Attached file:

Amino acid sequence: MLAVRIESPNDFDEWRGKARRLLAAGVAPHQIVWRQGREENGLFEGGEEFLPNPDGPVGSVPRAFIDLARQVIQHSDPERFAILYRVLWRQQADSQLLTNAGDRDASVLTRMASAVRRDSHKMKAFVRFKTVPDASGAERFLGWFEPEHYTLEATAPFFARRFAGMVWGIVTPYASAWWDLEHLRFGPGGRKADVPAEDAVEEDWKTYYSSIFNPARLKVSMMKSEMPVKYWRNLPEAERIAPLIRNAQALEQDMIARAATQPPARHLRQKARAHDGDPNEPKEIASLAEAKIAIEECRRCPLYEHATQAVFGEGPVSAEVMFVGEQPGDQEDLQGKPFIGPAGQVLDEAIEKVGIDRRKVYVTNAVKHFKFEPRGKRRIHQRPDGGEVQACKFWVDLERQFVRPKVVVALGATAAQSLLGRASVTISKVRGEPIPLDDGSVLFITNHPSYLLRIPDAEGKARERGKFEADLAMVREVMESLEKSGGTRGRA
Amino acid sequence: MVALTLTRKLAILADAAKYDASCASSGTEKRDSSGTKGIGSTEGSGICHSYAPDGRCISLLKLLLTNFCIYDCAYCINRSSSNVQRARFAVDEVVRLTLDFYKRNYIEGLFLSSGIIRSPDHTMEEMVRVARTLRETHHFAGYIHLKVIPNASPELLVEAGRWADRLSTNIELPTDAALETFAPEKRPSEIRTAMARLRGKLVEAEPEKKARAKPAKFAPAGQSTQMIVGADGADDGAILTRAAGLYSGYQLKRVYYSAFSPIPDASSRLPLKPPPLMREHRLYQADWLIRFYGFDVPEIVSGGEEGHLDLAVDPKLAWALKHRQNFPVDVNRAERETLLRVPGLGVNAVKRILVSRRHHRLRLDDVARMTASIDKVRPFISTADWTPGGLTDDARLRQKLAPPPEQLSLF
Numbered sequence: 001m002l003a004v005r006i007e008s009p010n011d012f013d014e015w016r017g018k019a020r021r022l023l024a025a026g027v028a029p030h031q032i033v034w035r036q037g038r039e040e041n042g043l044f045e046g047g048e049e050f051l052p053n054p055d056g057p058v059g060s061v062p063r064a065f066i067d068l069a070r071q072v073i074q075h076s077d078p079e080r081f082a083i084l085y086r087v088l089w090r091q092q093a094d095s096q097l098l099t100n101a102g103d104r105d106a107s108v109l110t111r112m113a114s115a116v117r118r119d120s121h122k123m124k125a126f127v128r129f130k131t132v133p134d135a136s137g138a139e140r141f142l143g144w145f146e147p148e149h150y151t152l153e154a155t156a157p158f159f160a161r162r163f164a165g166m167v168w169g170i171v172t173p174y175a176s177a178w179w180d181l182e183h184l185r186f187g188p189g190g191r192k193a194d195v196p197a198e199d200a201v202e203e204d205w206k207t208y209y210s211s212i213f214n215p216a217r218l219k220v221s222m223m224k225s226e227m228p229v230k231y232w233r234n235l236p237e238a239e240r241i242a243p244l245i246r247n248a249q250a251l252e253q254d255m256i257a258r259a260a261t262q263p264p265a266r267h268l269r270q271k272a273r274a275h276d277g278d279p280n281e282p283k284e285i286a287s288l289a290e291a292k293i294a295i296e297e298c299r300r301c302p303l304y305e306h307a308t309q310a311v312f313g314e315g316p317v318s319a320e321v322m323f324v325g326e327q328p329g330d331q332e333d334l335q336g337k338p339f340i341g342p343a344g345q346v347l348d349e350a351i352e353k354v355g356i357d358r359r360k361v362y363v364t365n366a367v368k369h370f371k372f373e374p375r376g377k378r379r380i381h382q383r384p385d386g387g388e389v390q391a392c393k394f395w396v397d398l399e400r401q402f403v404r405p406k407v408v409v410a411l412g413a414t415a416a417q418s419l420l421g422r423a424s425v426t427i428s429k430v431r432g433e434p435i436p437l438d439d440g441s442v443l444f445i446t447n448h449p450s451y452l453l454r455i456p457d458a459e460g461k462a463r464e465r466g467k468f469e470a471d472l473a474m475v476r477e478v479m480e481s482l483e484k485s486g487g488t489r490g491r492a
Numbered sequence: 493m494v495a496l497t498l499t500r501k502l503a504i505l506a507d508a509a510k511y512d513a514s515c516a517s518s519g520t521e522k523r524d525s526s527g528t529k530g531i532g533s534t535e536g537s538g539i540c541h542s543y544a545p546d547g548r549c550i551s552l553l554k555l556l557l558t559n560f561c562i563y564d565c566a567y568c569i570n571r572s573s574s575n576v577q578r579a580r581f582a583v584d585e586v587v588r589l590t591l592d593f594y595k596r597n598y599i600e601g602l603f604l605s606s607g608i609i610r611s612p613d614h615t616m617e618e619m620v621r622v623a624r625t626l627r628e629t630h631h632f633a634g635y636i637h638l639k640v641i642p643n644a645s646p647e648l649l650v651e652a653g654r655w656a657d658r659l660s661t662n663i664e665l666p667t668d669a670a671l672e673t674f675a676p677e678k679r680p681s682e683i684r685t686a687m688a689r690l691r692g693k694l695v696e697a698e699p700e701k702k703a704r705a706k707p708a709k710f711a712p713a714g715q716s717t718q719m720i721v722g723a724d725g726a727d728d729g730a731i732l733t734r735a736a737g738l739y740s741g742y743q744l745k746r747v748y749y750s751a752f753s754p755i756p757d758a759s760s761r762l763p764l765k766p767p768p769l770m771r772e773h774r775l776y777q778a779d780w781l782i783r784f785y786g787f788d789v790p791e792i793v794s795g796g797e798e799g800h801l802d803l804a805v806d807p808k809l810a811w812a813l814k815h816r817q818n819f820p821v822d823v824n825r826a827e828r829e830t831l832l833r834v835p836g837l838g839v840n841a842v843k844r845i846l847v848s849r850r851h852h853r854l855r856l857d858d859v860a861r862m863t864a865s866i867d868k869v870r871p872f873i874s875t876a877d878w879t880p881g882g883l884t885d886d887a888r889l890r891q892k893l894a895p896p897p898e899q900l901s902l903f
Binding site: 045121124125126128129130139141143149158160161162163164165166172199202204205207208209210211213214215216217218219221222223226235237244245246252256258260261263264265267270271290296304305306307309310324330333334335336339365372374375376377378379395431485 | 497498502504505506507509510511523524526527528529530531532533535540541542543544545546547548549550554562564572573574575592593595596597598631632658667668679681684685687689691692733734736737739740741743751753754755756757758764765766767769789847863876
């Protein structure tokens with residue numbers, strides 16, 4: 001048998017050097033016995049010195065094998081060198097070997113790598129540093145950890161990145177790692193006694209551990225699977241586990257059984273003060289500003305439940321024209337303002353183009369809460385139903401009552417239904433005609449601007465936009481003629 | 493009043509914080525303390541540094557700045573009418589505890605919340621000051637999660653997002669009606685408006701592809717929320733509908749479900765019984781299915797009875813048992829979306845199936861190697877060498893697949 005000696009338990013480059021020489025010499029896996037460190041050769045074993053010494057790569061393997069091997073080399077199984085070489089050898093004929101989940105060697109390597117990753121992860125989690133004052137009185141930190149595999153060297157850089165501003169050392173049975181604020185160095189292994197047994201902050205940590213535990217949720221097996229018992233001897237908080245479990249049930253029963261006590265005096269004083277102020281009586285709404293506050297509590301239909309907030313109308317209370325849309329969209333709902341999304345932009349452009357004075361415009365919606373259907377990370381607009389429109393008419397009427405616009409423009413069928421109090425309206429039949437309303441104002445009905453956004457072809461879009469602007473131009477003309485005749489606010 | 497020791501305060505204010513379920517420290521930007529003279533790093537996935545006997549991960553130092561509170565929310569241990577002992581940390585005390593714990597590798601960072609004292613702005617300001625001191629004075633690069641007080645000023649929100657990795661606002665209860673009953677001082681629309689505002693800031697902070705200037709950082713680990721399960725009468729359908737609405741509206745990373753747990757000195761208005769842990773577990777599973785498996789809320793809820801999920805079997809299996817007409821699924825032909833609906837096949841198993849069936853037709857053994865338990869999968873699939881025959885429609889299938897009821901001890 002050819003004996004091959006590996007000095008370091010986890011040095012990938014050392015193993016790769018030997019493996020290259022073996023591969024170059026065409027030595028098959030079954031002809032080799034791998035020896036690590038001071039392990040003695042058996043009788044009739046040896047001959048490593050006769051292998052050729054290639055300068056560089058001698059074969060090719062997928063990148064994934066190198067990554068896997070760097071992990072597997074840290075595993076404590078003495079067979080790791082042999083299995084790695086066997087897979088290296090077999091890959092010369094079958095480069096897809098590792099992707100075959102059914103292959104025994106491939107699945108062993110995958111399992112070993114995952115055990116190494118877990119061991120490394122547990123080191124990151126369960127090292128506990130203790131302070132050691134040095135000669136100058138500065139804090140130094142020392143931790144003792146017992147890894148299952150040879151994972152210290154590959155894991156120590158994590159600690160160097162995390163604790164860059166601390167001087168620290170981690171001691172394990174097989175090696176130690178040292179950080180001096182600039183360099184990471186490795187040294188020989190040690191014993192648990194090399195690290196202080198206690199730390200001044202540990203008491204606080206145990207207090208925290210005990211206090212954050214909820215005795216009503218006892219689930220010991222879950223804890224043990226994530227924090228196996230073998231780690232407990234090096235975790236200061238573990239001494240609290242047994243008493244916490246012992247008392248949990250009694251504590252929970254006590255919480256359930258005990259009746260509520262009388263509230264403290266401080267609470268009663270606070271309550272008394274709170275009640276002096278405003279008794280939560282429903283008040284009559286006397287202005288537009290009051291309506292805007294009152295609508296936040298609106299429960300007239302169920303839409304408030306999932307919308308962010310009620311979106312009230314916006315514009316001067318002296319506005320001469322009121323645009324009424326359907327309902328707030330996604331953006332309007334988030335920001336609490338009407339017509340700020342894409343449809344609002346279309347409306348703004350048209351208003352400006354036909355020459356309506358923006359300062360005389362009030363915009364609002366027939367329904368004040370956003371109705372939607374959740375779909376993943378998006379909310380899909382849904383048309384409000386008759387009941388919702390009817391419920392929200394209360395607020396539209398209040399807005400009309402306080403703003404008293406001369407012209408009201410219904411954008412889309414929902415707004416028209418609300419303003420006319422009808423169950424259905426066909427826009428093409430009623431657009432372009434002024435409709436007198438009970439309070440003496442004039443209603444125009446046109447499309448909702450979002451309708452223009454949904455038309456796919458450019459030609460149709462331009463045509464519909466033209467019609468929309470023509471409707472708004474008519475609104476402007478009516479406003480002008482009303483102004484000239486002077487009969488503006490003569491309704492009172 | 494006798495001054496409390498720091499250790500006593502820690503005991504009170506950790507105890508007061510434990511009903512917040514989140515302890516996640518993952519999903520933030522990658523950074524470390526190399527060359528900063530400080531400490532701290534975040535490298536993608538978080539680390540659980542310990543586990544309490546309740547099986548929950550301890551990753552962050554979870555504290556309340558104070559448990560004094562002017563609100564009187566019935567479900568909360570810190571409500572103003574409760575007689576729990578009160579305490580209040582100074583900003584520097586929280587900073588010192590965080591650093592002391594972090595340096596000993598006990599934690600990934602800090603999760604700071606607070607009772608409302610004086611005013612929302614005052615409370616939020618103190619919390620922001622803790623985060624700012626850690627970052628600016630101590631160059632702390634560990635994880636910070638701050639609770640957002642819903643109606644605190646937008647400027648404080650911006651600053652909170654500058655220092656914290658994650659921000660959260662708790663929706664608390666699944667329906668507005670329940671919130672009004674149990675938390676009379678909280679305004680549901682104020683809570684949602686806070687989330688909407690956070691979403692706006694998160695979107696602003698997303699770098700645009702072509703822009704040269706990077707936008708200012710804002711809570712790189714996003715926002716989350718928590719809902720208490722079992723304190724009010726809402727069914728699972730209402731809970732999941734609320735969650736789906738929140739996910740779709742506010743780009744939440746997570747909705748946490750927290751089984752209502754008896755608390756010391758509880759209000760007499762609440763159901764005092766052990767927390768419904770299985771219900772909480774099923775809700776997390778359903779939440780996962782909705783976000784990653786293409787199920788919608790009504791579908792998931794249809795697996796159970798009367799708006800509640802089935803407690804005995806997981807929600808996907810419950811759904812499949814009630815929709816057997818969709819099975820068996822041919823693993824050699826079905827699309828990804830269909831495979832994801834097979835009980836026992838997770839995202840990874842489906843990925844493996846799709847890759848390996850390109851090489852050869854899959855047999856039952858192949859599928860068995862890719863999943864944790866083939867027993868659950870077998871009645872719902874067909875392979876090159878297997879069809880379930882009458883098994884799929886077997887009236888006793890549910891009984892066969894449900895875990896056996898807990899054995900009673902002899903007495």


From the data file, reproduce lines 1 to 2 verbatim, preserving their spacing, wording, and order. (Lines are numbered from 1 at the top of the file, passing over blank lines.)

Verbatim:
Amino acid sequence: MLAVRIESPNDFDEWRGKARRLLAAGVAPHQIVWRQGREENGLFEGGEEFLPNPDGPVGSVPRAFIDLARQVIQHSDPERFAILYRVLWRQQADSQLLTNAGDRDASVLTRMASAVRRDSHKMKAFVRFKTVPDASGAERFLGWFEPEHYTLEATAPFFARRFAGMVWGIVTPYASAWWDLEHLRFGPGGRKADVPAEDAVEEDWKTYYSSIFNPARLKVSMMKSEMPVKYWRNLPEAERIAPLIRNAQALEQDMIARAATQPPARHLRQKARAHDGDPNEPKEIASLAEAKIAIEECRRCPLYEHATQAVFGEGPVSAEVMFVGEQPGDQEDLQGKPFIGPAGQVLDEAIEKVGIDRRKVYVTNAVKHFKFEPRGKRRIHQRPDGGEVQACKFWVDLERQFVRPKVVVALGATAAQSLLGRASVTISKVRGEPIPLDDGSVLFITNHPSYLLRIPDAEGKARERGKFEADLAMVREVMESLEKSGGTRGRA
Amino acid sequence: MVALTLTRKLAILADAAKYDASCASSGTEKRDSSGTKGIGSTEGSGICHSYAPDGRCISLLKLLLTNFCIYDCAYCINRSSSNVQRARFAVDEVVRLTLDFYKRNYIEGLFLSSGIIRSPDHTMEEMVRVARTLRETHHFAGYIHLKVIPNASPELLVEAGRWADRLSTNIELPTDAALETFAPEKRPSEIRTAMARLRGKLVEAEPEKKARAKPAKFAPAGQSTQMIVGADGADDGAILTRAAGLYSGYQLKRVYYSAFSPIPDASSRLPLKPPPLMREHRLYQADWLIRFYGFDVPEIVSGGEEGHLDLAVDPKLAWALKHRQNFPVDVNRAERETLLRVPGLGVNAVKRILVSRRHHRLRLDDVARMTASIDKVRPFISTADWTPGGLTDDARLRQKLAPPPEQLSLF